Given his maladaptive traits (lack of remorse for others, poor impulse control, emotional dysregulation, limited coping, etc), a history of incarceration, and the deliberate creation of medical problems with specific aims, Mr. Downey most likely is demonstrating malingering. He may also fit within Cluster “B” pathology and may fit the diagnosis of antisocial personality disorder.
Communicating with Mr. Downey may be difficult, but there are general techniques that can be used. First and foremost, a united, clear, and consistent message must be utilized when communicating with all difficult patients. Although most common in borderline personality disorder, all patients are capable of unintentionally splitting treatment teams so as to cause disagreements and difficulties that lead to disrupted care and poor outcomes. In addition, it is paramount that certain boundaries be clearly defined and maintained with all patients utilizing maladaptive traits.
A common technique equally useful for difficult, demanding, hostile, or dependent patients is scheduling specific, time-limited sessions that are entirely and solely treatment based (eg, seeing hospitalized patients twice at 8 am and 1 pm daily for 15 minutes each, going over very specific treatment agendas). Informing the patient of the schedule up front and then enforcing it is crucial. One will need to cater the content of these sessions depending on the person’s traits. For example, obsessive–compulsive personalities often dwell on details and minutiae; it may be helpful to enlist them in keeping track of their own recovery (vital signs, labs, medication regimen) while keeping them informed when small fluctuations and insignificant changes are not to be worried about to minimize anxiety.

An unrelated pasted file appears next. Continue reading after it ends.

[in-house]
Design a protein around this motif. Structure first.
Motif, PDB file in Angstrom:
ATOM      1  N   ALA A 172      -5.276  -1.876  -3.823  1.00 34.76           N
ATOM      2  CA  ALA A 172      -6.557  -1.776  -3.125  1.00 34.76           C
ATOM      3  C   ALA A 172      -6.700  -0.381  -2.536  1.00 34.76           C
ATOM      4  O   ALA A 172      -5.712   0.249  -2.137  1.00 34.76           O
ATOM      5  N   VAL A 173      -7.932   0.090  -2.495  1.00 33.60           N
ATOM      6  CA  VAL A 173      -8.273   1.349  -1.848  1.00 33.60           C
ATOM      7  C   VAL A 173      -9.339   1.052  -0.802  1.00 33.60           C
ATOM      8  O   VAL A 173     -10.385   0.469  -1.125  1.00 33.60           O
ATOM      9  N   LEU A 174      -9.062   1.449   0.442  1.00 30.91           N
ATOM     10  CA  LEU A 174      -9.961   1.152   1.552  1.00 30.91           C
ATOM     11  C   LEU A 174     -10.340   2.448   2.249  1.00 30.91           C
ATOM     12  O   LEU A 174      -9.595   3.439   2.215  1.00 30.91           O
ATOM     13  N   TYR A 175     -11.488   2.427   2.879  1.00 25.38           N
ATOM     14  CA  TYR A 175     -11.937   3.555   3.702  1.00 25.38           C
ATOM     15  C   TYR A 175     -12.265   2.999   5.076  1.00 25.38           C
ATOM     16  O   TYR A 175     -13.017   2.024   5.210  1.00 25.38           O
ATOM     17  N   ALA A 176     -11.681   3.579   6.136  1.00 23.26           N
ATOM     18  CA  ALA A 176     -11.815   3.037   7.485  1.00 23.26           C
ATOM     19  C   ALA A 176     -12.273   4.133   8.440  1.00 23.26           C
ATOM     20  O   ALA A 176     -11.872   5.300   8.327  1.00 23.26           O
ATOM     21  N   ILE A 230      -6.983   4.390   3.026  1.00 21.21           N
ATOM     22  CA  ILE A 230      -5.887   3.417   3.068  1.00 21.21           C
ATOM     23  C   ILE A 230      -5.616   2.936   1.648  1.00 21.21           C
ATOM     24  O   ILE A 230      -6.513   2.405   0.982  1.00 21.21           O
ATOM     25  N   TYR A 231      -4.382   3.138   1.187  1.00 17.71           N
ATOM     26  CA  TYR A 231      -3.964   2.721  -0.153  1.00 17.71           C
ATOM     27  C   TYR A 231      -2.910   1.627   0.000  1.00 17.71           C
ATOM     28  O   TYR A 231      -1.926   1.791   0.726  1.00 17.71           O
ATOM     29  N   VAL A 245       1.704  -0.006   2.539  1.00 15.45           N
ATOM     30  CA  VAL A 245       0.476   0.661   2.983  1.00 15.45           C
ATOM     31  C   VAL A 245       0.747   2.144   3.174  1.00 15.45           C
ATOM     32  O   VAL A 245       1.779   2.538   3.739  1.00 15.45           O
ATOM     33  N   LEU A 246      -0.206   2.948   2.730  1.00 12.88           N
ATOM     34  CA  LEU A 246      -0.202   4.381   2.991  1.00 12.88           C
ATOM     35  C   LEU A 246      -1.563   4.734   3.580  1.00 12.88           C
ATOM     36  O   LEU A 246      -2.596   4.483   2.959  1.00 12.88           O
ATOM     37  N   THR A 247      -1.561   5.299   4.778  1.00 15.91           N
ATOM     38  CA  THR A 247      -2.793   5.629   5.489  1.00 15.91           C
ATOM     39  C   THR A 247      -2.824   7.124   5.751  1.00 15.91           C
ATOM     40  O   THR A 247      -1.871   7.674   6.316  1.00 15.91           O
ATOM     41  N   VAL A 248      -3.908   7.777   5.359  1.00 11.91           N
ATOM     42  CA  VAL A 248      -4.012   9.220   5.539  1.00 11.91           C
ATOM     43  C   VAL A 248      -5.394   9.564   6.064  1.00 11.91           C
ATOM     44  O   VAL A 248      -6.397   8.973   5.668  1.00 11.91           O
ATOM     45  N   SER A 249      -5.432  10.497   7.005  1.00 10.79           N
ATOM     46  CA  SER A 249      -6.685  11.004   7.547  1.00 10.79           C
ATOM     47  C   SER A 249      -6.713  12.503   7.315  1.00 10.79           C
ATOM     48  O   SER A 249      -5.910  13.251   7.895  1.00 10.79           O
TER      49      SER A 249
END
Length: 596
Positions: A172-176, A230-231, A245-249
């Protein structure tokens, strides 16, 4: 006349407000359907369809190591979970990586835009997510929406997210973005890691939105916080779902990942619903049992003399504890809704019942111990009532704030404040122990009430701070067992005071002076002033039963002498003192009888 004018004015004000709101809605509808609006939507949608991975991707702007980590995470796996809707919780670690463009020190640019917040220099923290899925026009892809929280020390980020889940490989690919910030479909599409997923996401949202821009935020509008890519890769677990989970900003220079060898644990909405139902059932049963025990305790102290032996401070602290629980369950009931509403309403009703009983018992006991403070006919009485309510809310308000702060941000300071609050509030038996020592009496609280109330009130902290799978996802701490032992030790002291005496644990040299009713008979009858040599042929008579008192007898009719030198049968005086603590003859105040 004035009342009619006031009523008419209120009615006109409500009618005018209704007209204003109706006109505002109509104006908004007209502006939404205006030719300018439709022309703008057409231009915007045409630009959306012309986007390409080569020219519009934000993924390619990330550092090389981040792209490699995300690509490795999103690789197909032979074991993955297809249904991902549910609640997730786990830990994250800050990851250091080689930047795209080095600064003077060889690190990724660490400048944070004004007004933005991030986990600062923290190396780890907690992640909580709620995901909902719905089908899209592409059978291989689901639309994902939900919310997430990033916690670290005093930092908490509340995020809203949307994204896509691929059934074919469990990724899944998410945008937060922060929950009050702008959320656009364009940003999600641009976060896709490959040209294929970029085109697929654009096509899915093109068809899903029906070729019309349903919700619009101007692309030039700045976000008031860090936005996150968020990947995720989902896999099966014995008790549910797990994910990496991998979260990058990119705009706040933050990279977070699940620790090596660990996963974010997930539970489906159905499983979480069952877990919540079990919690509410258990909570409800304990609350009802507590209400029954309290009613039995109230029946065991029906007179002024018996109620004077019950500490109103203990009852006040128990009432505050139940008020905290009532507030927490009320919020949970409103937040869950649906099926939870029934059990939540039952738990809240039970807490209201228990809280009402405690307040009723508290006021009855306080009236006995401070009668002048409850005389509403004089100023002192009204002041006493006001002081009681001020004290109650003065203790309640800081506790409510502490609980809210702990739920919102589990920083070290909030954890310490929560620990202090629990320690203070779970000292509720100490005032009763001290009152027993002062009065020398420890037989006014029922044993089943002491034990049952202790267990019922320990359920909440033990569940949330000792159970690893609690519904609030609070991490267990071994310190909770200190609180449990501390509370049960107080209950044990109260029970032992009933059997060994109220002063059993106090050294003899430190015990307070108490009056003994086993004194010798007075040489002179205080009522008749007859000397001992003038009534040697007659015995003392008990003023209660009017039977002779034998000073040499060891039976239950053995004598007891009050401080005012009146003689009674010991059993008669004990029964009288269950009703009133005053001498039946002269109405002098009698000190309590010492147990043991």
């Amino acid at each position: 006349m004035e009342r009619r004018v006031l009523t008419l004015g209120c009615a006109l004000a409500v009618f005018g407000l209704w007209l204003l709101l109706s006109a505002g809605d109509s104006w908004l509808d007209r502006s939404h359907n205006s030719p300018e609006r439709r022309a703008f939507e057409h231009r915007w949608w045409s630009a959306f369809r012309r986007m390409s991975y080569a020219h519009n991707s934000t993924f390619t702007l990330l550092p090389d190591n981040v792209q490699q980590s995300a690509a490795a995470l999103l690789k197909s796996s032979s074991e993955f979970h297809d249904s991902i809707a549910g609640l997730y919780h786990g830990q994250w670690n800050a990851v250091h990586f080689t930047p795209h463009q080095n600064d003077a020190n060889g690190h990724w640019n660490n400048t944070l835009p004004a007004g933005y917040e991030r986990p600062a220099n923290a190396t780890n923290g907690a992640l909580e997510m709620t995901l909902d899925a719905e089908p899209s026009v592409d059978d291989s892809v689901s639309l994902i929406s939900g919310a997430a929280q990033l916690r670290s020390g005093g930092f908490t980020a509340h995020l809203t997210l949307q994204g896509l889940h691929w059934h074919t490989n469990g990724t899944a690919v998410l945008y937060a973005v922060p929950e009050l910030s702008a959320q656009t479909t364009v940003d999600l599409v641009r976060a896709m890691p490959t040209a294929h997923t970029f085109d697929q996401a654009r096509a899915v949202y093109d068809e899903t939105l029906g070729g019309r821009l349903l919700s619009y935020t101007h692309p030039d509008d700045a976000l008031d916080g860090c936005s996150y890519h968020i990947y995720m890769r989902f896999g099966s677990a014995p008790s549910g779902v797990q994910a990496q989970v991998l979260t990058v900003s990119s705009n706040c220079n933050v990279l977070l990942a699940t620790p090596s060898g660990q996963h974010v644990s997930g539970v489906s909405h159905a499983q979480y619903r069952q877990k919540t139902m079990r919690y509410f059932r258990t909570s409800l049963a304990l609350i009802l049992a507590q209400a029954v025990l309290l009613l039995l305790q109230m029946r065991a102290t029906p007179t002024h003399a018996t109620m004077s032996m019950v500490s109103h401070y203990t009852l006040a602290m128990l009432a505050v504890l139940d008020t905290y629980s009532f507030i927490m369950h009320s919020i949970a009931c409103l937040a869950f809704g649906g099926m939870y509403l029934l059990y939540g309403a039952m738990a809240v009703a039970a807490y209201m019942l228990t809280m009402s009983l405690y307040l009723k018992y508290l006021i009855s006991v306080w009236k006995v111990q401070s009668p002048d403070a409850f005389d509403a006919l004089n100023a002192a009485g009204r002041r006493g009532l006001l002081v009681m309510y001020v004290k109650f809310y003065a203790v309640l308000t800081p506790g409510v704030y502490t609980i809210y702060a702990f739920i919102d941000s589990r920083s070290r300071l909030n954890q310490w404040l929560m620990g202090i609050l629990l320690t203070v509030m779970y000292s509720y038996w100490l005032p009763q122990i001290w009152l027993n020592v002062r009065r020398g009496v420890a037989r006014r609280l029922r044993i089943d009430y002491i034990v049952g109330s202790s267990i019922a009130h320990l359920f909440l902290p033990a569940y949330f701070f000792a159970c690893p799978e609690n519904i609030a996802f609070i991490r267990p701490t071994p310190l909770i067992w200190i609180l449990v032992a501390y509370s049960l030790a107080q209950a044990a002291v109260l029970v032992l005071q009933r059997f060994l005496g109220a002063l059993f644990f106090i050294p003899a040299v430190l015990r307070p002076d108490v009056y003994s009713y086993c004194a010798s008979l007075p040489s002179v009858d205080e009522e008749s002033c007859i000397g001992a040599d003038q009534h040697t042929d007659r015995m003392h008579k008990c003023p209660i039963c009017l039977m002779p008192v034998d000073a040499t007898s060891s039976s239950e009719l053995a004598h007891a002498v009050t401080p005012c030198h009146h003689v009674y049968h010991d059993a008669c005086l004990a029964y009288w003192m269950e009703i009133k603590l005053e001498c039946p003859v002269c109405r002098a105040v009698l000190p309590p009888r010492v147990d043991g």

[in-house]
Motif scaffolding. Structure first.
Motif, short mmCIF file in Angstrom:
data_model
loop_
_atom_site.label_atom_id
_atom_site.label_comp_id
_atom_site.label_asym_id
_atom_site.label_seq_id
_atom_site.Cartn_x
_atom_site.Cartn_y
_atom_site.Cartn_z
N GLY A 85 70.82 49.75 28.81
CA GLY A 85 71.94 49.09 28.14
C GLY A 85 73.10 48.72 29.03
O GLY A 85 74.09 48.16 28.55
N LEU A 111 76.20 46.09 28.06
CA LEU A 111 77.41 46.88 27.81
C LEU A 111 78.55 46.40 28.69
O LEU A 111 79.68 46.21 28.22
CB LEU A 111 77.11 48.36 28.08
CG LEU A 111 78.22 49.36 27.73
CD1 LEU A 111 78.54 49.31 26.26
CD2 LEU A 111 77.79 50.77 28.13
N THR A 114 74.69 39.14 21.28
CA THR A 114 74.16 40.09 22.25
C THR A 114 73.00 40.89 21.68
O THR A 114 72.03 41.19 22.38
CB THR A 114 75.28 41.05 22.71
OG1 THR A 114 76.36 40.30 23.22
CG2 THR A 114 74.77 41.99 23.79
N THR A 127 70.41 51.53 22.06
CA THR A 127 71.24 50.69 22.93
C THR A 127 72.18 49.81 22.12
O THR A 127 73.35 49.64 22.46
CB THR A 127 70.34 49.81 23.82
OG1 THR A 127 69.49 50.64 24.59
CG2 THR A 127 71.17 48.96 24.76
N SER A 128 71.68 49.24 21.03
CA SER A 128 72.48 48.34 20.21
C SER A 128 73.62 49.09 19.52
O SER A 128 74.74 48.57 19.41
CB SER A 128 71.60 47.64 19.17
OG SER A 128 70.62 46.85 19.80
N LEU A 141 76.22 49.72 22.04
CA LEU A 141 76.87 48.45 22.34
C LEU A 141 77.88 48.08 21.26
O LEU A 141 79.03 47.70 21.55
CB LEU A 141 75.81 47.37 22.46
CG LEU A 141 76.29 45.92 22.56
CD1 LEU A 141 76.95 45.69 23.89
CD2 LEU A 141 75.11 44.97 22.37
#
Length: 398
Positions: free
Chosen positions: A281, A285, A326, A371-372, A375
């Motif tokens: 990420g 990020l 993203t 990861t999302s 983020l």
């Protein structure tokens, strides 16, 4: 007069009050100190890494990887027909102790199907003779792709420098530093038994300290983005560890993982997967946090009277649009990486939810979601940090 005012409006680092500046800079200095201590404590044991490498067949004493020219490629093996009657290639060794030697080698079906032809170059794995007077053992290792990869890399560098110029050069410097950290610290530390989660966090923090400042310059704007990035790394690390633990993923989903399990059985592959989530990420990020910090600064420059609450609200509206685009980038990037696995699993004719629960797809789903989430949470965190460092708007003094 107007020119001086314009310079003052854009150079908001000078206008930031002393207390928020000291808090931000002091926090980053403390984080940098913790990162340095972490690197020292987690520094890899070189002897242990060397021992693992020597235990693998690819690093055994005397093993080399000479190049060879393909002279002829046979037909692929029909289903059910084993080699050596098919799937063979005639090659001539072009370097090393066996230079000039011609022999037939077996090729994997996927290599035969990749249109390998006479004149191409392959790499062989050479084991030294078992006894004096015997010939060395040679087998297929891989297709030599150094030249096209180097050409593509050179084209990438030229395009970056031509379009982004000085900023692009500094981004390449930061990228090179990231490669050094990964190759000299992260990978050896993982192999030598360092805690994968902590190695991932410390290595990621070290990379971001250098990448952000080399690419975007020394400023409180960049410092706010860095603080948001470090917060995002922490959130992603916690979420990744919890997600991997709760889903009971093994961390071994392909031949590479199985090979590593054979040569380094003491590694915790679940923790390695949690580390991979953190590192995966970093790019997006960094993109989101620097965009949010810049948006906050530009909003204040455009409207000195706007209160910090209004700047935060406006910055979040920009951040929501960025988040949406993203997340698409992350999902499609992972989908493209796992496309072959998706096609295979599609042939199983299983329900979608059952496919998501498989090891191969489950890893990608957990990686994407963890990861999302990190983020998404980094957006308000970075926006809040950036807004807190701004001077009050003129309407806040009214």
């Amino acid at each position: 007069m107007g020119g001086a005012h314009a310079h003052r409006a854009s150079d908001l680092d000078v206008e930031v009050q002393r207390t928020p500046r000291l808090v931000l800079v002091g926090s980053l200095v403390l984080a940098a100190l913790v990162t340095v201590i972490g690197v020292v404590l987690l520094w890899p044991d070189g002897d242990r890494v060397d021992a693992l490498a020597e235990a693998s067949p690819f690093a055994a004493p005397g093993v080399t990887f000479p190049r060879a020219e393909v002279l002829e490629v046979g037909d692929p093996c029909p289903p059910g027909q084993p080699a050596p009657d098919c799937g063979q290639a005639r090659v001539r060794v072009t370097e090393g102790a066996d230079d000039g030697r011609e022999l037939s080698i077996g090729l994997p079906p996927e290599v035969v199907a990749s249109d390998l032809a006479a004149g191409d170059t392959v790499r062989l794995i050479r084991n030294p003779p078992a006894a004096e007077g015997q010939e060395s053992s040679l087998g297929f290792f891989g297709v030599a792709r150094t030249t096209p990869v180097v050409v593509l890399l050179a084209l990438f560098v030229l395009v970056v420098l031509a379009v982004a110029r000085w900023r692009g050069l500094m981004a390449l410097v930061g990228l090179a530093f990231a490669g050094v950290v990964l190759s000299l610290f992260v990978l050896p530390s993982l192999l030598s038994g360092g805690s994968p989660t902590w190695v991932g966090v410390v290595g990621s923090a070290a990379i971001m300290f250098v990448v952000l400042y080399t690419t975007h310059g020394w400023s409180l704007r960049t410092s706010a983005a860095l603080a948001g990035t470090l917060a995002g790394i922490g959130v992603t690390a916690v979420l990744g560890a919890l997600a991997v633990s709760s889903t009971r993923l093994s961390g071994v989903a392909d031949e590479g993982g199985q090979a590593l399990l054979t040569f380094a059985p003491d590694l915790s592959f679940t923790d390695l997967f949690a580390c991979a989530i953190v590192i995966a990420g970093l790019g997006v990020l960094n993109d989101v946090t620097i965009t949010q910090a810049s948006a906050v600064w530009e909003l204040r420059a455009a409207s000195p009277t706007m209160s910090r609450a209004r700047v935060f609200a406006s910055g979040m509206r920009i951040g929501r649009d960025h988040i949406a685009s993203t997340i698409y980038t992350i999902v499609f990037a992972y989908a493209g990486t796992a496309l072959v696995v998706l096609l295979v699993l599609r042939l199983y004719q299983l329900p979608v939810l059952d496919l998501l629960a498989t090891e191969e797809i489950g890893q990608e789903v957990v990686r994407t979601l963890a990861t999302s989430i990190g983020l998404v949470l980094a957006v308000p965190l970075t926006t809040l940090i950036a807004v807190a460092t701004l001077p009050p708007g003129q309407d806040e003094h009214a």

Considerable anxiety, worry, and stress related to medical conditions, immobility, loss of function, or pain are each very real experiences. Empathizing with such an experience can be challenging due to a patient’s toxic demeanor and attitude but also very powerful in creating an alliance. The principal mechanism of empathy is validation or acknowledgment of a patient’s concerns. Empathy is a direct recognition of what the patient is experiencing and reflection of it back in a clear, simple, and nonjudgmental language. In Mr. Downey’s example, one might recognize his concerns and confirm them with empathic statements (eg, “It must be terrifying to think about going to prison.”) rather than with less empathic questions (eg, “What are you so worried about?”). Additionally, one may attempt to normalize concerns expressed by a patient (“Your reaction to a prison sentence is natural.”), paving the road to a shared understanding. A patient who is validated in this manner may sense genuine concern and engage in a more cooperative dialogue, leading to shared clinical goals. Finally, depending on the patient’s values, it is important to identify others who may assist in enhancing communication, including but not limited to family members, friends, intimate partners, social work, or clergy. In some instances, consultation with a psychiatric service may be indicated.
Table 49-1. Personality Disorder Diagnoses |Favorite Table|Download (.pdf)
Table 49-1. Personality Disorder Diagnoses
|Cluster A (“MAD” and “WEIRD”): odd, poor sense of reality with distorted thinking|
|Paranoid personality d/o||Excessively suspicious, holds grudges, distrusts|
|Schizoid personality d/o||Disengaged, apathetic, uninterested in interaction|
|Schizotypal personality d/o||Eccentric, odd, holding strange or magical beliefs|
|Cluster B (“BAD” and “WILD”): labile, unstable, impulsive, and behaviorally difficult|
|Histrionic personality d/o||Theatrical, exaggerated, flirtatious, seductive|
|Antisocial personality d/o||Lacking remorse, associated with criminality|
|Borderline personality d/o||Moody, self-injurious, impulsive, unstable relations|
|Narcissistic personality d/o||Grandiose sense of self, judgmental, dismissive|
|Cluster C (“SAD” and “WORRIED”): passive, preoccupied, anxious, and afraid|
|Avoidant personality d/o||Excessively shy, feels awkward, afraid of rejection|
|Dependent personality d/o||Passive, lacking self-confidence, relying on others|
|Obsessive–compulsive personality d/o||Perfectionistic, rigid, preoccupied with detail|